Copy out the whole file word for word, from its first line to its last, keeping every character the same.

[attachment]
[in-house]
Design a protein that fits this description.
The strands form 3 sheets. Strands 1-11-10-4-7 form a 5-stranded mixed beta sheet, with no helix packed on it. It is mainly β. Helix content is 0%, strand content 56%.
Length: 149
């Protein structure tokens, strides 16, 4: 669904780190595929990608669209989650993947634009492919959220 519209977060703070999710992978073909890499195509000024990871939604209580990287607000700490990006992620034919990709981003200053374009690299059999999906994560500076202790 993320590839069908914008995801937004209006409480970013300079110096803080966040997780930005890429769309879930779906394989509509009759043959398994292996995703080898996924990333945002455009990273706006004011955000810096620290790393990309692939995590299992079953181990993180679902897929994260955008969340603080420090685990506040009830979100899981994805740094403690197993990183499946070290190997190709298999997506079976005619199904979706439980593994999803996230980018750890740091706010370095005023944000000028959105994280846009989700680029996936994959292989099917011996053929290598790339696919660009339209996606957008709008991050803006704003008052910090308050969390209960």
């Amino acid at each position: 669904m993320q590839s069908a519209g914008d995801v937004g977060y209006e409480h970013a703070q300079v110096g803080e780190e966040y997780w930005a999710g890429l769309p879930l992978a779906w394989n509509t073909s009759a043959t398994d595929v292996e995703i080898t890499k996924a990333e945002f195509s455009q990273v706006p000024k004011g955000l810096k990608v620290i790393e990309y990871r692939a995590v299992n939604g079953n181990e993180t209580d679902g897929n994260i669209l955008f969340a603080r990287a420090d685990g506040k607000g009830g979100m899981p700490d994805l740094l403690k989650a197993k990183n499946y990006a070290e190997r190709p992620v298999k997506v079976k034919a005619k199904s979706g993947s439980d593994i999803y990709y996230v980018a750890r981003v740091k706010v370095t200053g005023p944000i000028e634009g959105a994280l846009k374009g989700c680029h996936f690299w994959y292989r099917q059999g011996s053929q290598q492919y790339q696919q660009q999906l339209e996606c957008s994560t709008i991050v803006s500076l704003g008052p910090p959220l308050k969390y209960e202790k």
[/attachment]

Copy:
[in-house]
Design a protein that fits this description.
The strands form 3 sheets. Strands 1-11-10-4-7 form a 5-stranded mixed beta sheet, with no helix packed on it. It is mainly β. Helix content is 0%, strand content 56%.
Length: 149
């Protein structure tokens, strides 16, 4: 669904780190595929990608669209989650993947634009492919959220 519209977060703070999710992978073909890499195509000024990871939604209580990287607000700490990006992620034919990709981003200053374009690299059999999906994560500076202790 993320590839069908914008995801937004209006409480970013300079110096803080966040997780930005890429769309879930779906394989509509009759043959398994292996995703080898996924990333945002455009990273706006004011955000810096620290790393990309692939995590299992079953181990993180679902897929994260955008969340603080420090685990506040009830979100899981994805740094403690197993990183499946070290190997190709298999997506079976005619199904979706439980593994999803996230980018750890740091706010370095005023944000000028959105994280846009989700680029996936994959292989099917011996053929290598790339696919660009339209996606957008709008991050803006704003008052910090308050969390209960």
């Amino acid at each position: 669904m993320q590839s069908a519209g914008d995801v937004g977060y209006e409480h970013a703070q300079v110096g803080e780190e966040y997780w930005a999710g890429l769309p879930l992978a779906w394989n509509t073909s009759a043959t398994d595929v292996e995703i080898t890499k996924a990333e945002f195509s455009q990273v706006p000024k004011g955000l810096k990608v620290i790393e990309y990871r692939a995590v299992n939604g079953n181990e993180t209580d679902g897929n994260i669209l955008f969340a603080r990287a420090d685990g506040k607000g009830g979100m899981p700490d994805l740094l403690k989650a197993k990183n499946y990006a070290e190997r190709p992620v298999k997506v079976k034919a005619k199904s979706g993947s439980d593994i999803y990709y996230v980018a750890r981003v740091k706010v370095t200053g005023p944000i000028e634009g959105a994280l846009k374009g989700c680029h996936f690299w994959y292989r099917q059999g011996s053929q290598q492919y790339q696919q660009q999906l339209e996606c957008s994560t709008i991050v803006s500076l704003g008052p910090p959220l308050k969390y209960e202790k």